Trade body says China’s restrictions violate international agreements.
The U.S. steel industry won a decisive victory against Chinese trade controls earlier this month when an appeals panel of the World Trade Organization (WTO) found that China had violated trade rules by placing restrictions on the importation of certain forms of steel from the United States.
In 2010, Chinese officials imposed restraints on the importation of U.S.-manufactured “grain-oriented electrical steel” — or GOES, for short. A Chinese government investigation uncovered what the Chinese considered to be U.S. violations of international trade rules under the General Agreement of Tariffs and Trade (GATT), the international agreement that sets standards for trade in goods.
Specifically, the Chinese government accused the United States of offering improper subsidies to its steel industry via a series of federal and state procurement laws that give domestic companies priority on government contracts.
China also accused the United States of an improper trade practice known as “dumping,” which entails the export of goods at artificially low prices. Dumping undercuts the price at which a country’s domestic industry can sell a product, eventually forcing foreign companies out of the market. The Chinese argued that American GOES manufacturers were exporting their products to China at far lower prices than would be appropriate under normal circumstances.
In response to the alleged violations, the Chinese imposed countervailing duties, using tariffs to inflate the price of U.S. GOES in China. The United States challenged the duties at the WTO, claiming China had misapplied international law and failed to investigate properly the activities of U.S. steel companies.
According to the complaint, Chinese investigators made inaccurate assumptions about the nature of U.S. procurement laws. The U.S. also accused the investigation of withholding evidence and failing to support adequately its conclusions. For example, the complaint alleged that the Chinese investigation determined that U.S. manufacturers exported steel at rates between 10% and 25% below the fair market price, but “did not disclose the information forming the basis for the calculation” of those rates.
The initial WTO panel that heard the U.S. complaint found that China violated trade agreements by instituting reactive measures against U.S. steel without rendering sufficient support for its claims. In its recent decision, the WTO appellate body upheld the findings of the initial panel. The appellate body rejected China’s appeal, explaining that the country’s findings on the price effects of imports fell short of criteria set out in the Anti-Dumping Agreement and the Agreement on Subsidies and Countervailing Measures.
The appellate panel reasoned that Chinese officials operated under an incorrect interpretation of the relevant trade agreements. China presumed, for example, that the investigation into possible dumping “merely require[d] an investigating authority to consider the existence of price depression or suppression, and [did] not require the consideration of any link between subject imports and these price effects.” In fact, the panel said that trade standards require investigators “to consider the relationship between subject imports and the prices of the like domestic products so as to understand whether the volumes and/or prices of the subject imports explain the occurrence of significant depression or suppression of domestic imports.”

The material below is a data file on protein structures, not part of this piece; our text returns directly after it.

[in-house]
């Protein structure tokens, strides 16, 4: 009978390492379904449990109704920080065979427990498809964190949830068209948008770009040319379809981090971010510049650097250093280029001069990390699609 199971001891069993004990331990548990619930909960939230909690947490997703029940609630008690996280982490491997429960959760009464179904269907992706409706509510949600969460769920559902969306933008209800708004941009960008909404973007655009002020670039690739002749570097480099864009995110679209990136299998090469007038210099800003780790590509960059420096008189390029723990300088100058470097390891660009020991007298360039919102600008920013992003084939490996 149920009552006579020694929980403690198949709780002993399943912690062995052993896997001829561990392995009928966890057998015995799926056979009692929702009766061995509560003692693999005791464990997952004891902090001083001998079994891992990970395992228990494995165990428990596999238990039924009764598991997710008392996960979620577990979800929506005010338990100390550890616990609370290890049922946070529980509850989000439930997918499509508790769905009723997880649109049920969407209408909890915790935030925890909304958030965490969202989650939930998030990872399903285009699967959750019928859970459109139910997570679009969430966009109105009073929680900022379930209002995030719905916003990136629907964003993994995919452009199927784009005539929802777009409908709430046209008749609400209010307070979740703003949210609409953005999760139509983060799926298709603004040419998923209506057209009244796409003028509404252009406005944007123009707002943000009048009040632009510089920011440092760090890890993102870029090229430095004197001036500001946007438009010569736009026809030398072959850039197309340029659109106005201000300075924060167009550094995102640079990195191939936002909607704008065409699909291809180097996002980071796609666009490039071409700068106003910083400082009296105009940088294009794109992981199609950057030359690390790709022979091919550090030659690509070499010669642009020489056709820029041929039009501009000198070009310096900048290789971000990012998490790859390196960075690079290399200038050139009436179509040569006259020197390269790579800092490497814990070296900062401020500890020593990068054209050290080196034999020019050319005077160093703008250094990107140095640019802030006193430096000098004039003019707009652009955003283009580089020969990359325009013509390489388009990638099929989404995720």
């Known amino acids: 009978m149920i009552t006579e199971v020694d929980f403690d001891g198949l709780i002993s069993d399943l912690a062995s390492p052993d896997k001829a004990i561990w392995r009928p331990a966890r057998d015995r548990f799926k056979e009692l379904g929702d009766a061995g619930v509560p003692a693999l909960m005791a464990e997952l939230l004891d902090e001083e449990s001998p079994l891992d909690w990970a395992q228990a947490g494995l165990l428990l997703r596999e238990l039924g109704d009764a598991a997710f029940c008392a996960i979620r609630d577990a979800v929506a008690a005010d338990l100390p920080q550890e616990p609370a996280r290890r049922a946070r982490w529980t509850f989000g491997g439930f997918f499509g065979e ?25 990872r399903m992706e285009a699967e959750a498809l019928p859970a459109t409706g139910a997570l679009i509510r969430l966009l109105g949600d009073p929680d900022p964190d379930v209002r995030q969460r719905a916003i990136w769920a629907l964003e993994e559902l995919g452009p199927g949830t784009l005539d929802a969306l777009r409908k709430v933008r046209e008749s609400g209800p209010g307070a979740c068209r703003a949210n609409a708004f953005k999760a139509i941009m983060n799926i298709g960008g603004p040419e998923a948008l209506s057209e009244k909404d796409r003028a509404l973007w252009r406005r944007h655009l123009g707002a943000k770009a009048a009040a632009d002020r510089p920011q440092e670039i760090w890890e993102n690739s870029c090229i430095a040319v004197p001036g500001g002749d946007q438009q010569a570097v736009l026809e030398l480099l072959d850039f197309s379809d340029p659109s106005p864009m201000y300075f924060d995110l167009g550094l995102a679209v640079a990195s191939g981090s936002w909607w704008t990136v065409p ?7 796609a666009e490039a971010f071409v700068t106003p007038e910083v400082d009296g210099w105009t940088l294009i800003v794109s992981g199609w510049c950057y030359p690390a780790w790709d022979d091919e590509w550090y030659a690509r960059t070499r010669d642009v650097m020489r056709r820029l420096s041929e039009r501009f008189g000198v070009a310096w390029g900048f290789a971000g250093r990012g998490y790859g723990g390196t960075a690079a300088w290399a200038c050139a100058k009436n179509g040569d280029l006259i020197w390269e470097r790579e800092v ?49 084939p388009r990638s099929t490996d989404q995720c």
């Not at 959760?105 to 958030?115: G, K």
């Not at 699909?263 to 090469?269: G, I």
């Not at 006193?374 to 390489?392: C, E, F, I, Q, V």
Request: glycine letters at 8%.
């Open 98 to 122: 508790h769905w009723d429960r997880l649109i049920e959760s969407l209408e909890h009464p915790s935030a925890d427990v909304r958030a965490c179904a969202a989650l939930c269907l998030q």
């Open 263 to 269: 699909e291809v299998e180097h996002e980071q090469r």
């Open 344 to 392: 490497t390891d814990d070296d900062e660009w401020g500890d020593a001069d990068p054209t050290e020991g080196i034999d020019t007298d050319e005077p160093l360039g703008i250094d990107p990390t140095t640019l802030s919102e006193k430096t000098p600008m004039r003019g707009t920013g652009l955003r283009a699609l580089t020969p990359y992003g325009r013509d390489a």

The WTO’s appellate decision bars China from imposing trade restrictions on GOES imported from the United States. The ruling comes as a considerable relief to U.S. manufacturers, as exports of GOES to China fell from $270 million in 2008 to less than $3 million in 2011.
In its press release, the Office of the United States Trade Representative (USTR) explained that the United States filed its complaint “ to ensure that China does not harm U.S. exports . . . by abusing trade remedy practices.” U.S. Trade Representative Ron Kirk characterized the WTO decision as “a victory for the United States as well as for American workers and manufacturers.”
In its statement on the decision, the Chinese Ministry of Commerce said that it will “carefully evaluate” the WTO report “and will properly deal with the case according to WTO rules.” The ministry also noted that the appellate body did not dispute a number of Chinese positions, including that its internal investigation did not “need to prove a causal link between price effects and the dumping and subsidy in its price effects analysis.”
Conclusion of the GOES controversy does not mean an end to trade conflicts between the United States and China. WTO records separately show 23 different claims between the two countries—15 filed by the U.S and eight filed by China— working their way through dispute resolution. WTO claims by the U.S. against China have increased in recent years, and are expected to continue in light of President Obama’s February, 2012, executive order creating a trade enforcement unit within the USTR. Republican presidential candidate Mitt Romney similarly supports trade remedies against China, specifically advocating during the second Presidential debate an increase in unilateral tariffs on Chinese goods.
According to a recent report from the non-partisan Congressional Research Service, many policymakers support stronger measures against perceived Chinese trade violations. Others worry that such actions will bring retaliation and that trade tensions should be solved through bilateral agreements rather than adversarial proceedings at the WTO.